arimage:

Deep brain stimulation (DBS) is one of the most invasive focal neuromodulation techniques available. It is being investigated for several psychiatric disorders, most notably treatment-resistant depression and treatment-refractory obsessive-compulsive disorder, but also Tourette’s Syndrome, Alzheimer’s dementia, and addiction. The rationale for using DBS in the treatment of psychiatric disorders is based on its effectiveness in several movement disorders and the development of detailed neuroanatomical models for regulating emotion, cognition, and behavior. Above, you can see a diagram* of a deep brain stimulation system. Electrodes are implanted via stereotactic neurosurgery and attached to an implanted pulse generator via subcutaneous extension wires. 
Find out more in the article Deep Brain Stimulation for Psychiatric Disorders, written by Paul E. Holtzheimer and Helen S. Mayberg, of the Emory University School of Medicine for the 2011 Annual Review of Neuroscience.
*Image courtesy of David Peace, of the University of Florida School of Medicine.

arimage:

Deep brain stimulation (DBS) is one of the most invasive focal neuromodulation techniques available. It is being investigated for several psychiatric disorders, most notably treatment-resistant depression and treatment-refractory obsessive-compulsive disorder, but also Tourette’s Syndrome, Alzheimer’s dementia, and addiction. The rationale for using DBS in the treatment of psychiatric disorders is based on its effectiveness in several movement disorders and the development of detailed neuroanatomical models for regulating emotion, cognition, and behavior. Above, you can see a diagram* of a deep brain stimulation system. Electrodes are implanted via stereotactic neurosurgery and attached to an implanted pulse generator via subcutaneous extension wires.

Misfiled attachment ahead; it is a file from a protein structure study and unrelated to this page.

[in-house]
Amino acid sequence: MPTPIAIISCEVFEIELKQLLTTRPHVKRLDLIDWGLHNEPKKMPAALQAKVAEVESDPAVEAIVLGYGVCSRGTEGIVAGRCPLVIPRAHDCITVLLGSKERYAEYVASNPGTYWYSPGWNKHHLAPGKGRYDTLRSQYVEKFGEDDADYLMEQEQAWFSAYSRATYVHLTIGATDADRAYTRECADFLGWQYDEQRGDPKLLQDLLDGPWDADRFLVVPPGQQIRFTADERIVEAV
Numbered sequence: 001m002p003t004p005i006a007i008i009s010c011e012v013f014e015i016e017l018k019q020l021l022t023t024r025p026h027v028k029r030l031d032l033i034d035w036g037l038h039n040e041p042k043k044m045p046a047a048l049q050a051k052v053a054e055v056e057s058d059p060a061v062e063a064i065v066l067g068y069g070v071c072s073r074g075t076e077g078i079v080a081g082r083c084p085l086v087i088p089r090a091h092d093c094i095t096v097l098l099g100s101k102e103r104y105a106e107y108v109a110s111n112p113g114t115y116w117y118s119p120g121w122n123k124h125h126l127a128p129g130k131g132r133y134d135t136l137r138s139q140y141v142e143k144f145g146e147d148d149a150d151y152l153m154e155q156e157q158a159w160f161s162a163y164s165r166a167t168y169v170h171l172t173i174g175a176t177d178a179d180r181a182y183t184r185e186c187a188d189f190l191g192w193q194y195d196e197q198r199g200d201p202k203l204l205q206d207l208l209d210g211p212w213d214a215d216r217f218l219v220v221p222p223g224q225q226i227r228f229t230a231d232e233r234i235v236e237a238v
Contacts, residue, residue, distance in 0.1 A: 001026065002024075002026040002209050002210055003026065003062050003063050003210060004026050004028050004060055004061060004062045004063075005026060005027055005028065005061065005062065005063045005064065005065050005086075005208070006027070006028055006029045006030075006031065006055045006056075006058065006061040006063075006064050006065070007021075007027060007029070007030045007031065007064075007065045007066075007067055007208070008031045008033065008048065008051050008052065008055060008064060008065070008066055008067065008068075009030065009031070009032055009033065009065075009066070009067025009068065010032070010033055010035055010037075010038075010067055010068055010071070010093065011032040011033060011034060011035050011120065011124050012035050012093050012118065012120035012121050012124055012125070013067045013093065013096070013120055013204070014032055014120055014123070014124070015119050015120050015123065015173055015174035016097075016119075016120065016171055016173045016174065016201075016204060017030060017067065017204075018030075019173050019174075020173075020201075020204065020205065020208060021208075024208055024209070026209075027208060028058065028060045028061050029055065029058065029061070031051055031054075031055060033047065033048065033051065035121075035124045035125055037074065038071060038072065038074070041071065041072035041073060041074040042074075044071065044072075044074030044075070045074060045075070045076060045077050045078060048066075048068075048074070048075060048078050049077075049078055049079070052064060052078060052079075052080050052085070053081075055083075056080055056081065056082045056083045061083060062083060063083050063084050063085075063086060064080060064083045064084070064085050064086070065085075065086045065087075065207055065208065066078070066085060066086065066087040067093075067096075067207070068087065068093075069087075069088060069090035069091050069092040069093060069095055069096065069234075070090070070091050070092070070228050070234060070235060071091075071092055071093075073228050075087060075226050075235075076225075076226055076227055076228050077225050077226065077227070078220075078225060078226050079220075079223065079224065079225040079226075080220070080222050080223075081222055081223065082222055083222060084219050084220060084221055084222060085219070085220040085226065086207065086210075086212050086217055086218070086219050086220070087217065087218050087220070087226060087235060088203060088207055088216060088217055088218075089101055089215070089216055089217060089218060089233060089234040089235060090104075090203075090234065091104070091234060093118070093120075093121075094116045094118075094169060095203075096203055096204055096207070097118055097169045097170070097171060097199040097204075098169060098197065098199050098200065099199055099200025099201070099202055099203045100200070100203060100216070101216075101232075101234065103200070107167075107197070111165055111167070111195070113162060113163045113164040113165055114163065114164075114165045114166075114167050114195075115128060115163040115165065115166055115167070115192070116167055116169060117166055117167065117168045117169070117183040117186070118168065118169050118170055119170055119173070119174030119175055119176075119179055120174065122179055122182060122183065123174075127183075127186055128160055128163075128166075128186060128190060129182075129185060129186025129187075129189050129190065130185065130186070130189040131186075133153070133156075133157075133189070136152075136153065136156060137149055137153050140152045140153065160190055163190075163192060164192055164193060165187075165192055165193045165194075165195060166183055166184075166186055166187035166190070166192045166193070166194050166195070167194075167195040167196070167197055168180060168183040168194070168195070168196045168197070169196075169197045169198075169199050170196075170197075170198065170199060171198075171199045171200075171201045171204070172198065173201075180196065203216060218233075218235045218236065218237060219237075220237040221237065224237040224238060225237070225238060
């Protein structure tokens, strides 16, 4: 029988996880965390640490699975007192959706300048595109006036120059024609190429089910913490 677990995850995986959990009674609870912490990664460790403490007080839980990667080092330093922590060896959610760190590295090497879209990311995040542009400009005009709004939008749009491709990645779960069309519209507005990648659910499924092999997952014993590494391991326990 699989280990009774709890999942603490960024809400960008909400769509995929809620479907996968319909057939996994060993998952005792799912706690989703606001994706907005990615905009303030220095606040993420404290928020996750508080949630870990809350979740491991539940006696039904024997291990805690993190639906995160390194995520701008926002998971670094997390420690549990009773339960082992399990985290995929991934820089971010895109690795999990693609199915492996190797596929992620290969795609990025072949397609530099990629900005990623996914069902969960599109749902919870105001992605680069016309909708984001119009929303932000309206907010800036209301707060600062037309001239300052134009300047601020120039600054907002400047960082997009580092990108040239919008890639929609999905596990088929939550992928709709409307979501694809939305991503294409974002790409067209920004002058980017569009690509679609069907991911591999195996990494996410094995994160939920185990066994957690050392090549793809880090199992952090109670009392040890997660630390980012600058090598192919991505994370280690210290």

Find out more in the article Deep Brain Stimulation for Psychiatric Disorders, written by Paul E. Holtzheimer and Helen S. Mayberg, of the Emory University School of Medicine for the 2011 Annual Review of Neuroscience.

*Image courtesy of David Peace, of the University of Florida School of Medicine.

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ann-walker:

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ann-walker:

I always need this on my blog

piedoomy:

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pleatedjeans:

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